Of the seventeen scenes some were described. The American dancer Hazel Shelley was enchanting and excelled in Shake Your Feet.

Hazel Shelley in the scene Shake your feet in the Second Edition of the New Princes Frivolities, London, 1924
Hazel Shelley in the scene Shake your feet in the Second Edition of the New Princes Frivolities, London, 1924

Cecile Maule-Cole (who was born in India) taught the chorus to sing a number called Nautch Girl in Hindustani.

Cecile Maule Cole in the scene Nautch Girl in the Second Edition of the New Princes Frivolities, London, 1924
Cecile Maule Cole in the scene Nautch Girl in the Second Edition of the New Princes Frivolities, London, 1924

Hazel Shelley and the Athos Beauties made a great success in Down on the Farm with the aid of toy ducks from Hamleys.

Part of the scene Down on the Farm from the Second Edition of the New Princes Frivolities at the New Princes Restaurant, London, 1924
Part of the scene Down on the Farm from the Second Edition of the New Princes Frivolities at the New Princes Restaurant, London, 1924

The twelve Beauties made a splash in Wonderful Girls wearing black and white hats and long white dresses decorated with black fur tassles.

The programme for the Second Edition of the the New Princes Frivolities at the New Princes Restaurant, London, 1924
The programme for the Second Edition of the the New Princes Frivolities at the New Princes Restaurant, London, 1924

Among the novelties was a daring dance by George Wolkowsky and Mlle Nadia called a Dance Risquee. Dressed in harlequin costume the passionate Russian pursued his ladylove but she is dropped to the floor from a broad ladder leading to the bandstand in the balcony. Wolkowsky followed her, slipped and rolls down, hitting the floor with sufficient violence to cause a thrill before completing his sensational roll across the ballroom floor.

In Hawaiian Moon (for some this was called In the Pacific) Hazel Shelley led the Athos Beauties in Hawaiian dancing wearing abbreviated south sea outfits comprising grass skirts and garlands of flowers. On the stage in the background were several men dressed all in white, presumably playing ukuleles or banjoleles.

An artists impression of the scene Hawaiian Moon in the Second Edition of the New Princes Frivolities, , London, 1924 (Image courtesy of the Mary Evans Picture Library from The Bystander 9/7/1924)
An artists impression of the scene Hawaiian Moon in the Second Edition of the New Princes Frivolities, , London, 1924 (Image courtesy of the Mary Evans Picture Library from The Bystander 9/7/1924)
Hazel Shelley (centre) and the rest of the cast in the scene Hawaiian Moon in the Second Edition of the New Princes Frivolities, London, 1924
Hazel Shelley (centre) and the rest of the cast in the scene Hawaiian Moon in the Second Edition of the New Princes Frivolities, London, 1924

Porcelain Maid featured Mlle Marova, Maxim Turganoff and the Athos Sextette in Regency costume. At the foot of the stage, and to one side, a woman played a harpsichord as a man standing alongside sang. Then there was a dainty old-world minuit dance on the dance floor.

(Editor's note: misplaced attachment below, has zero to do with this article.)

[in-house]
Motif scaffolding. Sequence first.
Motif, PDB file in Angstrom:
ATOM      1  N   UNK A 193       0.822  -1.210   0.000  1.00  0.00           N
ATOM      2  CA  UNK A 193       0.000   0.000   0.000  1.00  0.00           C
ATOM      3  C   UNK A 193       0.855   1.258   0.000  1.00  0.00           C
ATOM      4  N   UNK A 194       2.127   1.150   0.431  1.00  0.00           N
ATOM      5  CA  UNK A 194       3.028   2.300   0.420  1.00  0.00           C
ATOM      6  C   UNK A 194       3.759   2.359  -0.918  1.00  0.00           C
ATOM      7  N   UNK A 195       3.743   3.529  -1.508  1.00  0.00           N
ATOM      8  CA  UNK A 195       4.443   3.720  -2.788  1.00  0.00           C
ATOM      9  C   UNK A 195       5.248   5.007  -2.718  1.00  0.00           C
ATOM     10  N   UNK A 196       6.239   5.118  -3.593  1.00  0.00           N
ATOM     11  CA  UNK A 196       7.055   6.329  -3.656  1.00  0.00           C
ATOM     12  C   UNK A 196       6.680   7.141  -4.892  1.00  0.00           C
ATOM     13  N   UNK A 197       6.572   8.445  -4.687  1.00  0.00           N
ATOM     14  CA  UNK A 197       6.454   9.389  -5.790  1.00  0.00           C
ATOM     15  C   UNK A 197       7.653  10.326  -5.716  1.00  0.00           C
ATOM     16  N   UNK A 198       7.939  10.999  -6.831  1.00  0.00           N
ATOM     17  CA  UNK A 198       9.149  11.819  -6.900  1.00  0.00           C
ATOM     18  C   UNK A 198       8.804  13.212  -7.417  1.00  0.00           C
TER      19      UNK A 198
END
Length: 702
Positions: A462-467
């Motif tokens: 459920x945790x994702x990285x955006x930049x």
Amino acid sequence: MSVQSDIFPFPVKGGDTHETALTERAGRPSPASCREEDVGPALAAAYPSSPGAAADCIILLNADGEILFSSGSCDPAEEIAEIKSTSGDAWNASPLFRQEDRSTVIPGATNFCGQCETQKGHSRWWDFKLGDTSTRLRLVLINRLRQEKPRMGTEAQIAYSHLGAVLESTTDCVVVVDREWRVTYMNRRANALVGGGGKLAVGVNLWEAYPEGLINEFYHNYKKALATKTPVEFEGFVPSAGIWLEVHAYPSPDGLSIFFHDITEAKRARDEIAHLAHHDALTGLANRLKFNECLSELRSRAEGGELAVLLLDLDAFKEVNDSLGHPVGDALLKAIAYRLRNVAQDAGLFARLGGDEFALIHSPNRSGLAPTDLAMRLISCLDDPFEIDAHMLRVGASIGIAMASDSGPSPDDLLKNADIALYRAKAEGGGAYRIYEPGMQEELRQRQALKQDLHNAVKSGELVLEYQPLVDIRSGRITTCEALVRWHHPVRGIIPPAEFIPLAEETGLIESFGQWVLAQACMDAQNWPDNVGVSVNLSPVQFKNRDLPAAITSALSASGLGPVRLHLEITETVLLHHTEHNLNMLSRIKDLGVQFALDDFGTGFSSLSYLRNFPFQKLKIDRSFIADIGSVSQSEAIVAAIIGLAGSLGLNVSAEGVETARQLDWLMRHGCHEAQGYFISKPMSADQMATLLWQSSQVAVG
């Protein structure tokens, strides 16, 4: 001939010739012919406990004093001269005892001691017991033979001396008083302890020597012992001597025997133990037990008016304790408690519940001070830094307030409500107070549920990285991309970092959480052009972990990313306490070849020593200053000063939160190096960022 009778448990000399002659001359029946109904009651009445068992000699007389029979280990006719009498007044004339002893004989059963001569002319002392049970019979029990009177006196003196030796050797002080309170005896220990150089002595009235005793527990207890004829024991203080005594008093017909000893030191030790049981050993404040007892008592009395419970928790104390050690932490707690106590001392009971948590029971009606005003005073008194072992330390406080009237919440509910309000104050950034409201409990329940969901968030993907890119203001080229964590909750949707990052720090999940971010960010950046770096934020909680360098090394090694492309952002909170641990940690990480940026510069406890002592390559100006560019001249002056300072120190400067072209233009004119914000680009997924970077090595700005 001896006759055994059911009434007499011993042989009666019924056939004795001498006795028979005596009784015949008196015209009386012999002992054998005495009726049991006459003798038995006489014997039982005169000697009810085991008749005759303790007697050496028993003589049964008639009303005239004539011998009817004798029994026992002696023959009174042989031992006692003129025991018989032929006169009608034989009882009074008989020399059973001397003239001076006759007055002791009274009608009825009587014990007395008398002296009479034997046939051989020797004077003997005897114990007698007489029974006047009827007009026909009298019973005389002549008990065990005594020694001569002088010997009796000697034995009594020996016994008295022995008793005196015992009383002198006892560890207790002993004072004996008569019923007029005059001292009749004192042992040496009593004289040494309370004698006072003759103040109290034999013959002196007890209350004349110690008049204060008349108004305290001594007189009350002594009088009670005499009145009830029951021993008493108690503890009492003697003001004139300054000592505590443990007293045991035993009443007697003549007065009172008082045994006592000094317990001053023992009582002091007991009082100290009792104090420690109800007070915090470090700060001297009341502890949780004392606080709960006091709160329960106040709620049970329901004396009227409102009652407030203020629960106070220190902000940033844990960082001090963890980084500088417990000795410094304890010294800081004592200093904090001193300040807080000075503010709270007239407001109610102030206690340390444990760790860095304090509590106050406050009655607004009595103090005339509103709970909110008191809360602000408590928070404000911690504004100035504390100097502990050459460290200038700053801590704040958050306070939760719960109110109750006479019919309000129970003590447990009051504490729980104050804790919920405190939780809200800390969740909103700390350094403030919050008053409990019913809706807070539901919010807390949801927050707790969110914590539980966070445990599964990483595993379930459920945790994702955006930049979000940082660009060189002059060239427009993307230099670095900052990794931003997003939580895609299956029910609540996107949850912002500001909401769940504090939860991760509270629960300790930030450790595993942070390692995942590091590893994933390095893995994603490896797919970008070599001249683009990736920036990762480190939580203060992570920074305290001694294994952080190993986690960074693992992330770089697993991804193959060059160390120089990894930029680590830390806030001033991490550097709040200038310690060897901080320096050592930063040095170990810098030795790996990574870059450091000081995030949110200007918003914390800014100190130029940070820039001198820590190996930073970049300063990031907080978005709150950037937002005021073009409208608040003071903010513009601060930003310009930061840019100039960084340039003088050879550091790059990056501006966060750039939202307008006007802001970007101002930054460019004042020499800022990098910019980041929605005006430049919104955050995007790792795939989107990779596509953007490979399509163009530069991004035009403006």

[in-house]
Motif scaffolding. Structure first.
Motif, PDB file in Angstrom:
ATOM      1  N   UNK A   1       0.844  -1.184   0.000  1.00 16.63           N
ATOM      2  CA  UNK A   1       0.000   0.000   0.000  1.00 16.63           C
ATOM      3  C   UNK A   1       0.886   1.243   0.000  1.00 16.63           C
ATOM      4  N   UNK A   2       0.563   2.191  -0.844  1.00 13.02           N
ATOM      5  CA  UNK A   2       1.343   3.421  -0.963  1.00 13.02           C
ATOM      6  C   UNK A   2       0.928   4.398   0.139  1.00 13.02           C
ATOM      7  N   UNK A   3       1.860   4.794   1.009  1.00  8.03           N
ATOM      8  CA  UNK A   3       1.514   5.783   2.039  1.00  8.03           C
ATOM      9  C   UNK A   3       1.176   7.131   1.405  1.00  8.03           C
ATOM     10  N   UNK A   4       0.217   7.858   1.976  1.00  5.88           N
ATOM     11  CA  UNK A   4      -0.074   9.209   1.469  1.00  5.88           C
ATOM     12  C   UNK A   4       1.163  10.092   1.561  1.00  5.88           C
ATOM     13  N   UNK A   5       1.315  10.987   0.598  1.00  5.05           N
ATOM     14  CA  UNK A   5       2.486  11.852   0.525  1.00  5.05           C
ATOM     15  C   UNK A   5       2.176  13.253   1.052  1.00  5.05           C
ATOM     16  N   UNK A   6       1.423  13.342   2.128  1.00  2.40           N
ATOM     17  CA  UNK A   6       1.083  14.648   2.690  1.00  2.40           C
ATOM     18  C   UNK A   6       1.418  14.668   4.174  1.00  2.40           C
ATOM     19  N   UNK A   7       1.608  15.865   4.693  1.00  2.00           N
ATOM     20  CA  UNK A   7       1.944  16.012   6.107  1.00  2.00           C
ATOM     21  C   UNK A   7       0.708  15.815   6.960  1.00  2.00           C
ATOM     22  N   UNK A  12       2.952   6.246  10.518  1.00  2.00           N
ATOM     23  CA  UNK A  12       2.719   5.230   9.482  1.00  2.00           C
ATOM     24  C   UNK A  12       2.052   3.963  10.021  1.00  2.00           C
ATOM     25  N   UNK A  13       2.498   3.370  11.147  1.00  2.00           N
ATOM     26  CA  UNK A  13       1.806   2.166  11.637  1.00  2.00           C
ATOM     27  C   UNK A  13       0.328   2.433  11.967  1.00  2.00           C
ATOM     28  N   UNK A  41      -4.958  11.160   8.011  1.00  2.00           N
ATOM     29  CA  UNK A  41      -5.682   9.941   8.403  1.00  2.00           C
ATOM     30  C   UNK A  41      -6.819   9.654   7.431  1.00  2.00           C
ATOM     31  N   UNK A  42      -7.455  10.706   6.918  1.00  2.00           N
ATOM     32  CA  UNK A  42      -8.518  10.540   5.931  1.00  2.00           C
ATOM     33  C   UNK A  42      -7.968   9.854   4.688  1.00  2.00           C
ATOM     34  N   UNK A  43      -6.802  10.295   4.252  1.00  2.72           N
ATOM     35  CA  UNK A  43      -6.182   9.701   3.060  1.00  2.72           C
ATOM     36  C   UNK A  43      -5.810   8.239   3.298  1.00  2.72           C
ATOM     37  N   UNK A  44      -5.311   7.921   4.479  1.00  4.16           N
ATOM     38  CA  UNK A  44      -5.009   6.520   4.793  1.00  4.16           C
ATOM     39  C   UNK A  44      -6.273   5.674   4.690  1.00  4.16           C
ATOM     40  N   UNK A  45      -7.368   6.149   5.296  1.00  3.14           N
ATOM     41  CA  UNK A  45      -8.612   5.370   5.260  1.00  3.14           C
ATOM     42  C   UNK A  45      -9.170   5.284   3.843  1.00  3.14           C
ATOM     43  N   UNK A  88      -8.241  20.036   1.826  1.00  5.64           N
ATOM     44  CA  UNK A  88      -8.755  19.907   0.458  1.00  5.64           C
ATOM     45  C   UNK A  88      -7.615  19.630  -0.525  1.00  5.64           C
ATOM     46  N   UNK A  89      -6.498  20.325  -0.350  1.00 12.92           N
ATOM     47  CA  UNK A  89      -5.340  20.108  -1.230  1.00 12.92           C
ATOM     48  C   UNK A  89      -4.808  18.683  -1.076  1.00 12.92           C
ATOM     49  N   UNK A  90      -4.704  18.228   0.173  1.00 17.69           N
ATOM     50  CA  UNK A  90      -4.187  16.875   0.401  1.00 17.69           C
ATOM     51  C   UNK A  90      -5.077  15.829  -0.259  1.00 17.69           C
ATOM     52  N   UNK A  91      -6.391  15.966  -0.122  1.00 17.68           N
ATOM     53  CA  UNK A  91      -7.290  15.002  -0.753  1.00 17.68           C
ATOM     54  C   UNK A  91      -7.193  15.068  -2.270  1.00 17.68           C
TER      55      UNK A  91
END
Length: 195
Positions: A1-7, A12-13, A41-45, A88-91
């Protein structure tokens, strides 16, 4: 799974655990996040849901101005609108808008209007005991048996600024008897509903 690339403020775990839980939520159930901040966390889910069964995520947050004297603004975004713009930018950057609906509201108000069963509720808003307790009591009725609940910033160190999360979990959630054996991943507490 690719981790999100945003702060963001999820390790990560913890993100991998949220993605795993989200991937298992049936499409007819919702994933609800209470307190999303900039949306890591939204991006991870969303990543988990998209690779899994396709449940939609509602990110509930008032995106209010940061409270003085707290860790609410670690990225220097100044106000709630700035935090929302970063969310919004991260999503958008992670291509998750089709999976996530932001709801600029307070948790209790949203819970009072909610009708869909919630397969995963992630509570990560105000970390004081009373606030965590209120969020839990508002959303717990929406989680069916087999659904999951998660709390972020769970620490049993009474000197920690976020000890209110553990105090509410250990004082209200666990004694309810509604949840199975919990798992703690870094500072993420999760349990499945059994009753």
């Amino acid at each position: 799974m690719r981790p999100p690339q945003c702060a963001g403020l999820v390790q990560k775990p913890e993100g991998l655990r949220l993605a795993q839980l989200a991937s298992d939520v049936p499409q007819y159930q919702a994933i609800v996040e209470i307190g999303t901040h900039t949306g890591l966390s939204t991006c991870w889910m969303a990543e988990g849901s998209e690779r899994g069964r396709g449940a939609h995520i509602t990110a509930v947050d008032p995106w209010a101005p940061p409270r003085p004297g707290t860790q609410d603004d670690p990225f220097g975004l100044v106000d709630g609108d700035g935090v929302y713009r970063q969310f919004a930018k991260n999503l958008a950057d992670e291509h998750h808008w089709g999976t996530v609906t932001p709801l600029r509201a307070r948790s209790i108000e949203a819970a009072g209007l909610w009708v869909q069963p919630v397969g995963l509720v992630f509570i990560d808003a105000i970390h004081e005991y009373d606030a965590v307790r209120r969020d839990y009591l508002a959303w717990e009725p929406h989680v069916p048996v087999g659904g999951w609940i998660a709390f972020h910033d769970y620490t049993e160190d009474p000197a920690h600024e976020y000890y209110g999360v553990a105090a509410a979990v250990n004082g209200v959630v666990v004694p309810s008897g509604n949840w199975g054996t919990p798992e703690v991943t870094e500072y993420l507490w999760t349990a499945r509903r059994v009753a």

Part of the Scene The Porcelain Maid in the Second Edition of the New Princes Frivolities, featuring Maxim Turganoff and Mlle Marova, London, 1924 (Image courtesy of the Mary Evans Picture Library from The Graphic 19/7/1924)
Part of the Scene The Porcelain Maid in the Second Edition of the New Princes Frivolities, featuring Maxim Turganoff and Mlle Marova, London, 1924 (Image courtesy of the Mary Evans Picture Library from The Graphic 19/7/1924)

It was thought that the ‘scream’ of the show was Henry de Bray and Doris Hare in Bright Though Tight, an eccentric dance thant convulsed everyone with laughter. Both de Bray and Hare were described as ‘gems of cabaret artistry’. Their second number cryptically called ‘Jewels’ was in fact an apache dance.

The Russian Cabaret company (Seraia Mish) then performed Moscow in seven segments, described as ‘lightening scenes of staccato song, movement and glorious colourings.’ This was followed by the Grand Finale.

Hazel Shelley in her costume for the Hawaiian Moon number in the second edition of the New Princes Frivolities at the New Princes Restaurant, London, 1924
Hazel Shelley in her costume for the Hawaiian Moon number in the second edition of the New Princes Frivolities at the New Princes Restaurant, London, 1924

The costumes and dresses in Moscow, Porcelain Maid, Gipsy Nights and Maule-Cole’s dress were designed and executed by Mde Wolkowsky. All other dresses and costumes were designed by the American artist Gordon Conway and executed by Dubens. Conway also designed the front cover of the programme.

On one of the gala nights that took place on Wednesday 11th June 1924 there was a Grand Rodeo theme with cowboys and cowgirls of the rodeo in wild west costumes.

The show ran for several weeks through the summer. There was a break in August and the restaurant was closed for further alterations including the re-laying of the dance floor. The Five O’Clock Follies were moved temporarily to the New Princes Galleries above the restaurant and in addition to the usual afternoon performance, a supper time show was also given at midnight. Allegedly, the New Princes Frivolities show was taken to the continent for a few weeks but it is not known where. Then, in September, a new third edition of the New Princes Frivolities was staged.

Sources

Daily News 8/2/1924
The Times 9/2/1924
The People 10/2/24
Reynolds Newspaper 10/2/24
The Illustrated Sporting & Dramatic News 16/2/24
The Referee 24/2/1924
The People 2/3/1924
Daily News 1/4/1924
Westminster Gazette 1/4/1924
Westminster Gazette 24/4/1924
The Referee 27/4/1924
The Referee 4/5/1924
The Era 16/7/1924
Westminster Gazette 6/6/1924
Referee 8/6/1924
The Sportsman 11/6/1924
Sunday Post 22/6/1924
The Referee 15/6/1924
Bystander 9/7/1924
The Illustrated Sporting & Dramatic News 12/7/1924
The Era 16/7/1924
The Sphere 19/7/1924
Dancing Times July 1924
The Sketch 6/8/1924
The Sportsman 15/8/1924

Programme in Clifford Pember collection owned by David Robinson
Programme for 2nd Edition of the New Princes Frivolities in the author’s collection
NFA Catalogue London’s Famous Cabarets: The New Princes Club